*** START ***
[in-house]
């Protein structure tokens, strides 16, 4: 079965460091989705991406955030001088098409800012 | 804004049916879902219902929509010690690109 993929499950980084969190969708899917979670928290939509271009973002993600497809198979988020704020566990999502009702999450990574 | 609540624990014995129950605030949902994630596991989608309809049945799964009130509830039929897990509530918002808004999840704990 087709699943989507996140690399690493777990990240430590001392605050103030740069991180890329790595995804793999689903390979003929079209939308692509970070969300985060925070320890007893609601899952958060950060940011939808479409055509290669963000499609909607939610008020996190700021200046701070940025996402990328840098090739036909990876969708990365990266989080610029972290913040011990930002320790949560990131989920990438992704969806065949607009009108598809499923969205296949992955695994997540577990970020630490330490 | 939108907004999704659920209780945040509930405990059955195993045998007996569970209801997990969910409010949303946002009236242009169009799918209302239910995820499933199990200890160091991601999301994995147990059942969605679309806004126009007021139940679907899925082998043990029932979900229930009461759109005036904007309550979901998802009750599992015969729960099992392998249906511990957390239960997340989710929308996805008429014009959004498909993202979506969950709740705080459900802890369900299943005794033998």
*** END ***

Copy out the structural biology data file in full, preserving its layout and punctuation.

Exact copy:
[in-house]
């Protein structure tokens, strides 16, 4: 079965460091989705991406955030001088098409800012 | 804004049916879902219902929509010690690109 993929499950980084969190969708899917979670928290939509271009973002993600497809198979988020704020566990999502009702999450990574 | 609540624990014995129950605030949902994630596991989608309809049945799964009130509830039929897990509530918002808004999840704990 087709699943989507996140690399690493777990990240430590001392605050103030740069991180890329790595995804793999689903390979003929079209939308692509970070969300985060925070320890007893609601899952958060950060940011939808479409055509290669963000499609909607939610008020996190700021200046701070940025996402990328840098090739036909990876969708990365990266989080610029972290913040011990930002320790949560990131989920990438992704969806065949607009009108598809499923969205296949992955695994997540577990970020630490330490 | 939108907004999704659920209780945040509930405990059955195993045998007996569970209801997990969910409010949303946002009236242009169009799918209302239910995820499933199990200890160091991601999301994995147990059942969605679309806004126009007021139940679907899925082998043990029932979900229930009461759109005036904007309550979901998802009750599992015969729960099992392998249906511990957390239960997340989710929308996805008429014009959004498909993202979506969950709740705080459900802890369900299943005794033998």